Labour &



        Labour and Employment Lawyers in Toronto
          Labour & Employment Lawyers






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Employment lawyers restricted to wrongful dismissal litigation
Labour & Employment Lawyers

Tel: (416) 590-1900
Fax: (416) 590-1600

17th Floor, Yonge/Eglinton Centre
2300 Yonge Street
Suite 1750
Toronto, Ontario
M4P 1E4

"Work  is one of the most fundamental aspects in a person's life, providing the individual with a means of financial support and, as importantly, a contributory role in society.  A person's employment is an essential component of his or her sense of identity, self-worth and emotional well-being."

-- Chief Justice Dickson, in Reference re: Public Service Employee Relations Act (Alberta), [1987] 1 S.C.R. 313 (Supreme Court of Canada),
at page 368.



Du Markowitz attorneys defeat employers wishing they had read this article about:

Caution before firing: What most companies don’t know about their duty to warn.

Life doesn’t require that we be the best, only that we try our best.  And so too does the legal standard for workplace incompetence require fair warning by your employer before you can be lawfully fired without termination pay.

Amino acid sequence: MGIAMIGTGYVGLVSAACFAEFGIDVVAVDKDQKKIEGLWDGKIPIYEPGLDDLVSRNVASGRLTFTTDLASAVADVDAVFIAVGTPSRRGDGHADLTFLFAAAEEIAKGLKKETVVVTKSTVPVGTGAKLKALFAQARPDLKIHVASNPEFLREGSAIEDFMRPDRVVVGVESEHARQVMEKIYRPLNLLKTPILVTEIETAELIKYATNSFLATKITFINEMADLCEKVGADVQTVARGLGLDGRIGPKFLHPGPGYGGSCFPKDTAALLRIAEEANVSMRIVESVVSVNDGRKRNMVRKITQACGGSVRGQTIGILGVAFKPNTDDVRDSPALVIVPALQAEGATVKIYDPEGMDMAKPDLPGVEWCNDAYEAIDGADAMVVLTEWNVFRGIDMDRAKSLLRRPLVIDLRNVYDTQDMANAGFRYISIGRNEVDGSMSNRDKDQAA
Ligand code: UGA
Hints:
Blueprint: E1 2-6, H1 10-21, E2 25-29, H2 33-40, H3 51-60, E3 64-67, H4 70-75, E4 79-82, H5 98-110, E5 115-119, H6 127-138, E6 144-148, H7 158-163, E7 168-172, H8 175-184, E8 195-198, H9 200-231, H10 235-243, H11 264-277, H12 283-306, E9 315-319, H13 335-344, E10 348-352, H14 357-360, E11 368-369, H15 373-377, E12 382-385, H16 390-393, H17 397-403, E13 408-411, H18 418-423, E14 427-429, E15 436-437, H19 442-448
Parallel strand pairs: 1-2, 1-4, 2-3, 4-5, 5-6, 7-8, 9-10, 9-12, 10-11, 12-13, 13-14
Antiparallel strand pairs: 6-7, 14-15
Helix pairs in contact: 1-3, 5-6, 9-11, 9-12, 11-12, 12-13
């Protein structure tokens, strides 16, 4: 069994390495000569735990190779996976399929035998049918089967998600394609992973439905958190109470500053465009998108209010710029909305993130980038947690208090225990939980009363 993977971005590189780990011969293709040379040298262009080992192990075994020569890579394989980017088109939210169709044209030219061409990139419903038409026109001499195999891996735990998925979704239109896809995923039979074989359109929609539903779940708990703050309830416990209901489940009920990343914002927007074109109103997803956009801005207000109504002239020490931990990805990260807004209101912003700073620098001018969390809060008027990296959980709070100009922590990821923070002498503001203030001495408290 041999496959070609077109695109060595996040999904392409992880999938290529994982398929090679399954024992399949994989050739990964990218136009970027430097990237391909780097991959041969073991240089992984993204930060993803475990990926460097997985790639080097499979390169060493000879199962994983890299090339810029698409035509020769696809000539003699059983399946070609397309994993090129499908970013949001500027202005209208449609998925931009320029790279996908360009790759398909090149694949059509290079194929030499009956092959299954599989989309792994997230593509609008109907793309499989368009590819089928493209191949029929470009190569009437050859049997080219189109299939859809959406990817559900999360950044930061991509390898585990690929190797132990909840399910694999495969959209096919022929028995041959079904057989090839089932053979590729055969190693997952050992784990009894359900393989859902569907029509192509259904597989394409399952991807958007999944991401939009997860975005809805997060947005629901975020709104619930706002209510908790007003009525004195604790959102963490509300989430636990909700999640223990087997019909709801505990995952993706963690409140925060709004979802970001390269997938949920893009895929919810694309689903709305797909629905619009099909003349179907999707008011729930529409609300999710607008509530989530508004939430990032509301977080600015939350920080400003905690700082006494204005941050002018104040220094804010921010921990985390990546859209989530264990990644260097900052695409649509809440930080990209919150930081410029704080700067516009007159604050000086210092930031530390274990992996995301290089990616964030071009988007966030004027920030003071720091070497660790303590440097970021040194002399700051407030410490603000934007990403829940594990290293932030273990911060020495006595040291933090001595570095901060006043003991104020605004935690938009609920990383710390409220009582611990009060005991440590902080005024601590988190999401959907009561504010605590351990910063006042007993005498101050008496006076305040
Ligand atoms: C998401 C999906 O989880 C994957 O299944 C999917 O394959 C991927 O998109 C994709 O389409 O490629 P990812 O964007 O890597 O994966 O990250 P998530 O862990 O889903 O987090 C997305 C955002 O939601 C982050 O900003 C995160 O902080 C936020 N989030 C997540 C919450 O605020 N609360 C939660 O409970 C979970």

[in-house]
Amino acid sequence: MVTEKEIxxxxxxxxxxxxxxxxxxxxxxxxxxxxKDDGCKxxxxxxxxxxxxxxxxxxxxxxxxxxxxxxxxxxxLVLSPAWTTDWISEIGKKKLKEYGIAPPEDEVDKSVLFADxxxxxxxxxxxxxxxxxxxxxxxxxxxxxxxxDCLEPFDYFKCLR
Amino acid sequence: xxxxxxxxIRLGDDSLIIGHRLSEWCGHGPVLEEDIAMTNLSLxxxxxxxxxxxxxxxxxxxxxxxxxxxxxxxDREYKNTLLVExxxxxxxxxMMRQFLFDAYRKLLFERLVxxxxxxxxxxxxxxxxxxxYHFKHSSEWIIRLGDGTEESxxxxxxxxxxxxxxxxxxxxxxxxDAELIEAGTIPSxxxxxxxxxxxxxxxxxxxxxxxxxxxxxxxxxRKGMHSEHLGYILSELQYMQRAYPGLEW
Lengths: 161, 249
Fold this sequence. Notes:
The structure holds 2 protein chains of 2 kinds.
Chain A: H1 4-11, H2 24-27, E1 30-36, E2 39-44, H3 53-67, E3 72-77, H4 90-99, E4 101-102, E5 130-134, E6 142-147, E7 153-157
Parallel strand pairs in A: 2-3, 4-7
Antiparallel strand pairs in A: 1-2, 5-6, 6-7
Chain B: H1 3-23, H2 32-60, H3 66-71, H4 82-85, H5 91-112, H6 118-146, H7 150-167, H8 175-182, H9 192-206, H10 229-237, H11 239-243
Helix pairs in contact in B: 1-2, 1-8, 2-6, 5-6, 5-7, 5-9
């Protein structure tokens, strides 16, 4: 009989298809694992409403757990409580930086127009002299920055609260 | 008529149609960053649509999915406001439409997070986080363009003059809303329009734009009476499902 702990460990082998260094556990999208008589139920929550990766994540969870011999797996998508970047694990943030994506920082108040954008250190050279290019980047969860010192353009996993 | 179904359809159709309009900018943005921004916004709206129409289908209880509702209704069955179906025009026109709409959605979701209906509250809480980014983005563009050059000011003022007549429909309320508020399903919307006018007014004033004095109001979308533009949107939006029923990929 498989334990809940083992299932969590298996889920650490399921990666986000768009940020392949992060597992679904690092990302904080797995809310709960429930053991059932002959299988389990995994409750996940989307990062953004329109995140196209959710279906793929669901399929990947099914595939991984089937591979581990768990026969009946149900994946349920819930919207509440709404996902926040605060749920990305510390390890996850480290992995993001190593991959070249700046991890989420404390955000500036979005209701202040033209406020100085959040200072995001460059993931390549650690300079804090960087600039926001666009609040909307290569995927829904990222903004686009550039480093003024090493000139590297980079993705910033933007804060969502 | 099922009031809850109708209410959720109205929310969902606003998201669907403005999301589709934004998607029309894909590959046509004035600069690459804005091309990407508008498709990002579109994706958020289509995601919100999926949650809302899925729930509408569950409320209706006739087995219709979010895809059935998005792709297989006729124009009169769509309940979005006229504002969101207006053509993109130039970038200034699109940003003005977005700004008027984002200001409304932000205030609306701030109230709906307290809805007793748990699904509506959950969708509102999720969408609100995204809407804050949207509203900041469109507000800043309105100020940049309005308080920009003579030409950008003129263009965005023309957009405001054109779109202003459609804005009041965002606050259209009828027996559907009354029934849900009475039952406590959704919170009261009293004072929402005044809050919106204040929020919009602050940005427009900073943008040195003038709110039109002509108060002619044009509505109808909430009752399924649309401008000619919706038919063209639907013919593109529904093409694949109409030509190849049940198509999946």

More than ever, courts are increasingly calling for employer evidence of fair warning about performance deficiencies prior to an employee’s dismissal.  In other words, judges frown upon the sharp-practice of employers terminating workers without notice, taking the employee by surprise, and otherwise failing to advise about the possibility of termination should performance not improve within a reasonable time.  Accordingly, the streetwise employment lawyer can defend even the most incompetent employee on this often-overlooked ground that the company breached its common-law duty to warn its worker of imminent dismissal for cause.

While case law continues to develop in this area, this country’s largest employers continue to make the mistake of failing to provide multiple warnings prior to dismissal, failure to provide these warnings in written form typically required, failure to provide reasonable time period in which employees can improve their job performance, and failure to explicitly spell-out the warning that employee’s failure to improve will indeed result in actual dismissal from work. 

Accordingly, the streetwise employment lawyer will jump on any of these deficiencies at trial to argue (a) employer’s failure to warn and even (b) employer condonation of the wrongfully dismissed employee’s behaviour.  Just another practical tip for our wrongfully-dismissed employee clients - and our own “fair warning” to vulnerable employers out there.

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